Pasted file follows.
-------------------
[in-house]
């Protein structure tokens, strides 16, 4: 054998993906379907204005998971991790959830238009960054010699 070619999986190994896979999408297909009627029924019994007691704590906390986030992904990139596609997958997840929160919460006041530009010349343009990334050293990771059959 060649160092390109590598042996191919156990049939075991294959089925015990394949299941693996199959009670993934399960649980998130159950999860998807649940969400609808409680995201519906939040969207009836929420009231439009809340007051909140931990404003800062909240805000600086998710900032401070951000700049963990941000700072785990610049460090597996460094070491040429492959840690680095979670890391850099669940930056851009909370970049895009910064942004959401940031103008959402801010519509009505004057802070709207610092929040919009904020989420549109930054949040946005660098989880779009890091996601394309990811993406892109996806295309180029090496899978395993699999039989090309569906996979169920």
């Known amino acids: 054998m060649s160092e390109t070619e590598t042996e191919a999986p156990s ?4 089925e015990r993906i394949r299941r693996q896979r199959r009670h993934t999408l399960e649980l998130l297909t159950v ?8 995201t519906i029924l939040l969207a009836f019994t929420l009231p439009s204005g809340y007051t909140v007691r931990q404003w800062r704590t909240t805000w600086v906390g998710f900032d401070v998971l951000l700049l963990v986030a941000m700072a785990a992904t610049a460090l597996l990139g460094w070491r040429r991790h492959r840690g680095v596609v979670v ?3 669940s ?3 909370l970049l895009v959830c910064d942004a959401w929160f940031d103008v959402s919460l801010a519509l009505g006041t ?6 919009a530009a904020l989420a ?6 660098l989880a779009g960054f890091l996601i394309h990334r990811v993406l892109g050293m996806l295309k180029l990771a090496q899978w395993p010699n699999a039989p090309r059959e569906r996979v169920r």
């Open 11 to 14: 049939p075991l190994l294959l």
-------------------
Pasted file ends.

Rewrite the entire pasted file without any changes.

[in-house]
């Protein structure tokens, strides 16, 4: 054998993906379907204005998971991790959830238009960054010699 070619999986190994896979999408297909009627029924019994007691704590906390986030992904990139596609997958997840929160919460006041530009010349343009990334050293990771059959 060649160092390109590598042996191919156990049939075991294959089925015990394949299941693996199959009670993934399960649980998130159950999860998807649940969400609808409680995201519906939040969207009836929420009231439009809340007051909140931990404003800062909240805000600086998710900032401070951000700049963990941000700072785990610049460090597996460094070491040429492959840690680095979670890391850099669940930056851009909370970049895009910064942004959401940031103008959402801010519509009505004057802070709207610092929040919009904020989420549109930054949040946005660098989880779009890091996601394309990811993406892109996806295309180029090496899978395993699999039989090309569906996979169920």
């Known amino acids: 054998m060649s160092e390109t070619e590598t042996e191919a999986p156990s ?4 089925e015990r993906i394949r299941r693996q896979r199959r009670h993934t999408l399960e649980l998130l297909t159950v ?8 995201t519906i029924l939040l969207a009836f019994t929420l009231p439009s204005g809340y007051t909140v007691r931990q404003w800062r704590t909240t805000w600086v906390g998710f900032d401070v998971l951000l700049l963990v986030a941000m700072a785990a992904t610049a460090l597996l990139g460094w070491r040429r991790h492959r840690g680095v596609v979670v ?3 669940s ?3 909370l970049l895009v959830c910064d942004a959401w929160f940031d103008v959402s919460l801010a519509l009505g006041t ?6 919009a530009a904020l989420a ?6 660098l989880a779009g960054f890091l996601i394309h990334r990811v993406l892109g050293m996806l295309k180029l990771a090496q899978w395993p010699n699999a039989p090309r059959e569906r996979v169920r």
């Open 11 to 14: 049939p075991l190994l294959l």